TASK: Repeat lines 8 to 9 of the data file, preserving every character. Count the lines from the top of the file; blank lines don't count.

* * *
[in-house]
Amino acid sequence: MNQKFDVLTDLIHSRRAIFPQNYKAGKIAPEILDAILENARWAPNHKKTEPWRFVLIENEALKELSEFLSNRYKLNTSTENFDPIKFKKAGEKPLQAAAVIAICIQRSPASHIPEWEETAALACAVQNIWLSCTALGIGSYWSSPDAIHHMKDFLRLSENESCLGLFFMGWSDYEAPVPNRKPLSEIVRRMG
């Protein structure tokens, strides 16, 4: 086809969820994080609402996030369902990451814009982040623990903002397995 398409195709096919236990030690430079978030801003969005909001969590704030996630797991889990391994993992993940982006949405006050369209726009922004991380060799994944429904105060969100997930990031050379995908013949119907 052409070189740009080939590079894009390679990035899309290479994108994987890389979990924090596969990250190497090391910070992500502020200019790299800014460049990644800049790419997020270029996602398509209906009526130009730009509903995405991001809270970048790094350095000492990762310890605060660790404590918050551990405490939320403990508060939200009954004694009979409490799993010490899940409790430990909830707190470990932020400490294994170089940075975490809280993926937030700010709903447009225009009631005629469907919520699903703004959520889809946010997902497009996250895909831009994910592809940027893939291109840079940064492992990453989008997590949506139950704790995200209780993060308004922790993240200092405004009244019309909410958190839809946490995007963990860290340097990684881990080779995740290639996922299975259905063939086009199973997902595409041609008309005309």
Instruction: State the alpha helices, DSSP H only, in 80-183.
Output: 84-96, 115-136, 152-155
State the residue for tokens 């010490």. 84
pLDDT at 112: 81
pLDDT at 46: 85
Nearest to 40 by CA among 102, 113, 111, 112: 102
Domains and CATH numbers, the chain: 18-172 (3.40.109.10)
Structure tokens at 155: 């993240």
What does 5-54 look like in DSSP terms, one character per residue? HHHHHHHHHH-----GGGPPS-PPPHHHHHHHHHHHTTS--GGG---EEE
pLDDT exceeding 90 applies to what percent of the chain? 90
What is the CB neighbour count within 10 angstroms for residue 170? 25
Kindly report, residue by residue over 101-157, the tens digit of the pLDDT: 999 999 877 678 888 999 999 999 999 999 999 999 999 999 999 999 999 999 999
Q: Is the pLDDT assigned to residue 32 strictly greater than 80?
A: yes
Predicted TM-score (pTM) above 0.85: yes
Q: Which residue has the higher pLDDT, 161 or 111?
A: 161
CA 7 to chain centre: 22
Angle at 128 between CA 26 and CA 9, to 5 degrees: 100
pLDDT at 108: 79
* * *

pLDDT at 46: 85
Nearest to 40 by CA among 102, 113, 111, 112: 102